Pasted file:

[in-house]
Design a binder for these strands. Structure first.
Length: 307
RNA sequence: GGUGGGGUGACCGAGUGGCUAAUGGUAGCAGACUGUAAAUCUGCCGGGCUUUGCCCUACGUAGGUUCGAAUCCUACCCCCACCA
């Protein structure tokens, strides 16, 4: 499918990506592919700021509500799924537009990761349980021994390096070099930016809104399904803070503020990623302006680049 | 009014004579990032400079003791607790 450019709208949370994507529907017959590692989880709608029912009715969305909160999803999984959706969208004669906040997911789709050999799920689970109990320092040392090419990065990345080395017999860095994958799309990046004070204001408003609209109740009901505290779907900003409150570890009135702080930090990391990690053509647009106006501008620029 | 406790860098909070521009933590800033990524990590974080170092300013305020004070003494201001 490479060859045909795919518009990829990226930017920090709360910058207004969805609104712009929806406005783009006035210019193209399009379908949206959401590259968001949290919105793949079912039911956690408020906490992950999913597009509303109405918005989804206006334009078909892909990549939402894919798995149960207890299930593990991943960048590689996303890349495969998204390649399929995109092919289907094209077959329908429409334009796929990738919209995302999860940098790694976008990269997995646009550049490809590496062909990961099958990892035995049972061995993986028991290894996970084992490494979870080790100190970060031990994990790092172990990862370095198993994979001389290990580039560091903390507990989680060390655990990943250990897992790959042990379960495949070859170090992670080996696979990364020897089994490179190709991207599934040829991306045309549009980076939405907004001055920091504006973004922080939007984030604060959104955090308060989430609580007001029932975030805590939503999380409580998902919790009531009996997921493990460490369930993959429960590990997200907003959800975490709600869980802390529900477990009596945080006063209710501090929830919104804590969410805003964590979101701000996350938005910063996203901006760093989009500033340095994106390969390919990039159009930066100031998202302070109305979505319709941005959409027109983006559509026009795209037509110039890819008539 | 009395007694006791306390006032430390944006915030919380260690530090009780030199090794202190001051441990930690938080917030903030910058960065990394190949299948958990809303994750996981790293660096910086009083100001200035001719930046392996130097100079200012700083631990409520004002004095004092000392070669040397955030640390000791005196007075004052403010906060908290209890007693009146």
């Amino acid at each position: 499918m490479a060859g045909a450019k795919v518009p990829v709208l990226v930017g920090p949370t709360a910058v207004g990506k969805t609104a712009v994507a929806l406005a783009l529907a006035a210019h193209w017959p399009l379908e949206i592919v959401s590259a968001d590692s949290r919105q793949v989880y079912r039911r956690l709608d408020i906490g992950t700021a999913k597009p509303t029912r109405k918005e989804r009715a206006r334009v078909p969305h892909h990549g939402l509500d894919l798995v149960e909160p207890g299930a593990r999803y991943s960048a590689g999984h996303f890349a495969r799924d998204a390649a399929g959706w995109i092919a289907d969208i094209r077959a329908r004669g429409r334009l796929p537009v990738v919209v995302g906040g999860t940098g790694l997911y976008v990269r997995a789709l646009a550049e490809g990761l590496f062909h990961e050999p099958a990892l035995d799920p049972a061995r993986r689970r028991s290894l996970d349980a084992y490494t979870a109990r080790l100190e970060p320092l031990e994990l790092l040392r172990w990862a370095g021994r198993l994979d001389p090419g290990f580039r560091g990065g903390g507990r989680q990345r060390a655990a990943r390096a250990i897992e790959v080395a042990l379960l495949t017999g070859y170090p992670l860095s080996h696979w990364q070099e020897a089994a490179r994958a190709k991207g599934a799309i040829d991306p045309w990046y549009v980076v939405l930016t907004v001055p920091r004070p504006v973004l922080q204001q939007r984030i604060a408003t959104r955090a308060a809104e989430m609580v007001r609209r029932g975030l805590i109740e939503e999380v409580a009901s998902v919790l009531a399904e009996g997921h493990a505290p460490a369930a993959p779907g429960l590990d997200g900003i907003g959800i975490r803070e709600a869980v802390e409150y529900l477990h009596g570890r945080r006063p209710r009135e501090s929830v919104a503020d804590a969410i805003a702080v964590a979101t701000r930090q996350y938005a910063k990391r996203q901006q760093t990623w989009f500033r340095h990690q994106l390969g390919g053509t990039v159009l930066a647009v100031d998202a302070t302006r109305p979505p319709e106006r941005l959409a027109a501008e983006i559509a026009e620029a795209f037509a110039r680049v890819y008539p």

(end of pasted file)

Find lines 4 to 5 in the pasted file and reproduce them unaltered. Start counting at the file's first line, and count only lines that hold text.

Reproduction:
RNA sequence: GGUGGGGUGACCGAGUGGCUAAUGGUAGCAGACUGUAAAUCUGCCGGGCUUUGCCCUACGUAGGUUCGAAUCCUACCCCCACCA
């Protein structure tokens, strides 16, 4: 499918990506592919700021509500799924537009990761349980021994390096070099930016809104399904803070503020990623302006680049 | 009014004579990032400079003791607790 450019709208949370994507529907017959590692989880709608029912009715969305909160999803999984959706969208004669906040997911789709050999799920689970109990320092040392090419990065990345080395017999860095994958799309990046004070204001408003609209109740009901505290779907900003409150570890009135702080930090990391990690053509647009106006501008620029 | 406790860098909070521009933590800033990524990590974080170092300013305020004070003494201001 490479060859045909795919518009990829990226930017920090709360910058207004969805609104712009929806406005783009006035210019193209399009379908949206959401590259968001949290919105793949079912039911956690408020906490992950999913597009509303109405918005989804206006334009078909892909990549939402894919798995149960207890299930593990991943960048590689996303890349495969998204390649399929995109092919289907094209077959329908429409334009796929990738919209995302999860940098790694976008990269997995646009550049490809590496062909990961099958990892035995049972061995993986028991290894996970084992490494979870080790100190970060031990994990790092172990990862370095198993994979001389290990580039560091903390507990989680060390655990990943250990897992790959042990379960495949070859170090992670080996696979990364020897089994490179190709991207599934040829991306045309549009980076939405907004001055920091504006973004922080939007984030604060959104955090308060989430609580007001029932975030805590939503999380409580998902919790009531009996997921493990460490369930993959429960590990997200907003959800975490709600869980802390529900477990009596945080006063209710501090929830919104804590969410805003964590979101701000996350938005910063996203901006760093989009500033340095994106390969390919990039159009930066100031998202302070109305979505319709941005959409027109983006559509026009795209037509110039890819008539 | 009395007694006791306390006032430390944006915030919380260690530090009780030199090794202190001051441990930690938080917030903030910058960065990394190949299948958990809303994750996981790293660096910086009083100001200035001719930046392996130097100079200012700083631990409520004002004095004092000392070669040397955030640390000791005196007075004052403010906060908290209890007693009146």